To say that the relationship between Twitter’s management and its API developer community has been rocky over the last couple of years would be an understatement, so it isn’t surprising that some developers and tech bloggers have speculated that after the Twitter IPO access to the API will be removed or severely restricted. I can understand the fear developers feel about the API’s future, but my view is that Twitter’s IPO and many of its actions leading up to this event prove that the API will remain open and free.
1. Twitter has explicitly stated in its prospectus that the API and its developers are a key part of its product offerings. There are 6 mentions of the API in this document and they all clearly promote it as a core value to its users. Here is one example:
The value we create for our users is enhanced by our platform partners, which include publishers, media outlets and developers. These platform partners have integrated with Twitter through an API that we provide which allows them to contribute their content to our platform, distribute Twitter content across their properties and use Twitter content and tools to enhance their websites and applications.
Removing access to the API after declaring it an integral part of their product offerings would leave Twitter open to a shareholder suit for misleading the public.
2. The release of the 1.1 version of the API in the first half of 2013 was clearly timed to coincide with the IPO. Twitter must have known they were aiming for an IPO this fall when they planned this new API, and wanted to get what could have been a messy launch of this new version out of the way first. This tells me that the API is meant to last long after the IPO. Otherwise Twitter could have saved itself a lot of work by just sticking with the old API until it was killed.
3. Keeping the API publicly available is a significant cost in staff and servers. Since one of the criticisms of the IPO is Twitter’s continued losses, it would have been better to kill the API before the IPO, and then project greater future profits due to lower infrastructure costs. Twitter didn’t follow this path, proving that they are willing to absorb the costs of the API as part of their necessary technology.
4. Investors hate uncertainty even more than development clients. One of the missteps Twitter has made in the past with the API has been creating high levels of uncertainty by announcing that changes would be coming in the API, but then waiting months to reveal the details. I have lost more clients during these periods of uncertainty than at any other time in my working with the API. The stock market will not allow that type of behavior. Whatever Twitter does with the API next, they must do it in a much crisper fashion, or the market will teach them to do it that way.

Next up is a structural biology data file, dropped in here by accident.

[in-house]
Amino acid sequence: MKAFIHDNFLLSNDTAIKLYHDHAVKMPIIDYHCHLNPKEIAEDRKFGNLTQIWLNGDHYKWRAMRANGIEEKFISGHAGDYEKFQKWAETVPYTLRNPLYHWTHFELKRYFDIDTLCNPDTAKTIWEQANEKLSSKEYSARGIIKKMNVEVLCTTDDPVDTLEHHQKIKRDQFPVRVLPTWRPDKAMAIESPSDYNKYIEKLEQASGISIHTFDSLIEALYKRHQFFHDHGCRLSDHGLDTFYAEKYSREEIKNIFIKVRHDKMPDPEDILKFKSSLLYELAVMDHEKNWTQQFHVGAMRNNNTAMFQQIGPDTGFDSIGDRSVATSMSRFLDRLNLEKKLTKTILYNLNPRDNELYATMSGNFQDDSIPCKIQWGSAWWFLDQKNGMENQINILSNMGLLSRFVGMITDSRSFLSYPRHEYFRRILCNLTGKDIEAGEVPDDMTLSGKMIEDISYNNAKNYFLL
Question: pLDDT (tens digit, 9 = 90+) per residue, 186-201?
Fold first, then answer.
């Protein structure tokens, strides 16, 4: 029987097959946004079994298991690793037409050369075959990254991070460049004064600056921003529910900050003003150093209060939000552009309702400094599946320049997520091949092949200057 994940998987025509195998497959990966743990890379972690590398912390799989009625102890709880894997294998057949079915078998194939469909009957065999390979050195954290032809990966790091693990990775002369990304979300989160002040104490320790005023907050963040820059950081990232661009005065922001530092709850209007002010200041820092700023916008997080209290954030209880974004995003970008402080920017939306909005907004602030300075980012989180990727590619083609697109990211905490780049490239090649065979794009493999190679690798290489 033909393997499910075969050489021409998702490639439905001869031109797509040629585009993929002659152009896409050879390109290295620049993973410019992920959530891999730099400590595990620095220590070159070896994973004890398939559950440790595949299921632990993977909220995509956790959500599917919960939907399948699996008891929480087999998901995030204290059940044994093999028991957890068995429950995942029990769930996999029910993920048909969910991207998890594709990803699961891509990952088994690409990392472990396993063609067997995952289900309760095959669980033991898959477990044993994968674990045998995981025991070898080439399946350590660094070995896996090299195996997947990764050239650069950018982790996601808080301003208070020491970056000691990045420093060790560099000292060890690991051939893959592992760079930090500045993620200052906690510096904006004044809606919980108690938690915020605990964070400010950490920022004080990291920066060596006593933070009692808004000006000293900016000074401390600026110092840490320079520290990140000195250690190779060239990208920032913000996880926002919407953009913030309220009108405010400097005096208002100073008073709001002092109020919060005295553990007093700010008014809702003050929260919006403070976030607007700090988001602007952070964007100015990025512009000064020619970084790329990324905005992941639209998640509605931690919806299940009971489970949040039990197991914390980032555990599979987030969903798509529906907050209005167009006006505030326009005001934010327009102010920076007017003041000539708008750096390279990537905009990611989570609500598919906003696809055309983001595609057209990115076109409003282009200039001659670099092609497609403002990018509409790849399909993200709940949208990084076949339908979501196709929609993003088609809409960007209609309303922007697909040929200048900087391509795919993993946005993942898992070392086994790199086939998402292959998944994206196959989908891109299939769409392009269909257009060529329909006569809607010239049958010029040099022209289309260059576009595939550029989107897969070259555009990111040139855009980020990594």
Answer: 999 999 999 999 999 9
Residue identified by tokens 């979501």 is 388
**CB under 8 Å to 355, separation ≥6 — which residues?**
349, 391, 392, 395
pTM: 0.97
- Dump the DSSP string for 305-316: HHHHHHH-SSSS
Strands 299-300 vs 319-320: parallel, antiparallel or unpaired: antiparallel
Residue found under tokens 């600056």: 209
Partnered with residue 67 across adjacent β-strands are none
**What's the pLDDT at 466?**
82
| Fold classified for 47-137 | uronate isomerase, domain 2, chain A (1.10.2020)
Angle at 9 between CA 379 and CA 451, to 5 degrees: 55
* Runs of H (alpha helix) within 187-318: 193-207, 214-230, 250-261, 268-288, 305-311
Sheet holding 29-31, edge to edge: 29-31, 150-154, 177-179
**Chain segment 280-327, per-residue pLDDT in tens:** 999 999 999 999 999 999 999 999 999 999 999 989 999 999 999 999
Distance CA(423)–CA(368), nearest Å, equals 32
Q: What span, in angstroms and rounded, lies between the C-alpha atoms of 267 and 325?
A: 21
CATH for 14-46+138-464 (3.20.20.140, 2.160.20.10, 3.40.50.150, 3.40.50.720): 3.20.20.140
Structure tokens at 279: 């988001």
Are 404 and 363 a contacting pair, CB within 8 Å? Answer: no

5. If there is a compelling case for the API surviving long-term, what about the possibility of Twitter deciding to charge for access? That is always a possibility, but the downside is that developer access to the API must then become a profit center. Once you go public, every action is either a profit or a loss, unless you make it an intangible. There is no attempt in the prospectus to tie API access directly to a financial benefit. It is described as a qualitative benefit without any direct financial gain. This is much safer than trying to transition to a paid API model, and then have reporters and analysts constantly asking for proof that it is pulling its own weight. Even the advertising API is presented as a way to sell more ads, not as a way to sell the technology of the API.
In full disclosure my income is dependent on the continued availability of the Twitter API. I have been a full-time API developer for 5 years, and I just launched my first book in a planned series on Twitter API programming. If I thought there was any chance of the API being closed to developers, I wouldn’t be making this new commitment.